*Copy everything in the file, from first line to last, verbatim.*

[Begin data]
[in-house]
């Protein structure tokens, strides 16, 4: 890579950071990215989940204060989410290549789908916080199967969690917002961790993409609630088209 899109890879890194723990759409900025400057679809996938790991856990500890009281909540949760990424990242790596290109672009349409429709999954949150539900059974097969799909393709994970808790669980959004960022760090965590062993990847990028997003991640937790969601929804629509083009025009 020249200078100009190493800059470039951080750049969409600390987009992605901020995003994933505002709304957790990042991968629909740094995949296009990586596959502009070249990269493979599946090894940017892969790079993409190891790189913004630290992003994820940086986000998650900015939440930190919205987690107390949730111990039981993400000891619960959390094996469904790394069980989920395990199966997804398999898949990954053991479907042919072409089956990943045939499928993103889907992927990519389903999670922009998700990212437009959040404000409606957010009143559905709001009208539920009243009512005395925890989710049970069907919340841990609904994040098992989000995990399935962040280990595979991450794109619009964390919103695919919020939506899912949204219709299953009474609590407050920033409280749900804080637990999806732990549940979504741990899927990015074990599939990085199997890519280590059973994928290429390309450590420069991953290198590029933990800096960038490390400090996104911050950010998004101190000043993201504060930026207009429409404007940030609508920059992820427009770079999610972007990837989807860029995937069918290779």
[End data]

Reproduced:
[in-house]
């Protein structure tokens, strides 16, 4: 890579950071990215989940204060989410290549789908916080199967969690917002961790993409609630088209 899109890879890194723990759409900025400057679809996938790991856990500890009281909540949760990424990242790596290109672009349409429709999954949150539900059974097969799909393709994970808790669980959004960022760090965590062993990847990028997003991640937790969601929804629509083009025009 020249200078100009190493800059470039951080750049969409600390987009992605901020995003994933505002709304957790990042991968629909740094995949296009990586596959502009070249990269493979599946090894940017892969790079993409190891790189913004630290992003994820940086986000998650900015939440930190919205987690107390949730111990039981993400000891619960959390094996469904790394069980989920395990199966997804398999898949990954053991479907042919072409089956990943045939499928993103889907992927990519389903999670922009998700990212437009959040404000409606957010009143559905709001009208539920009243009512005395925890989710049970069907919340841990609904994040098992989000995990399935962040280990595979991450794109619009964390919103695919919020939506899912949204219709299953009474609590407050920033409280749900804080637990999806732990549940979504741990899927990015074990599939990085199997890519280590059973994928290429390309450590420069991953290198590029933990800096960038490390400090996104911050950010998004101190000043993201504060930026207009429409404007940030609508920059992820427009770079999610972007990837989807860029995937069918290779």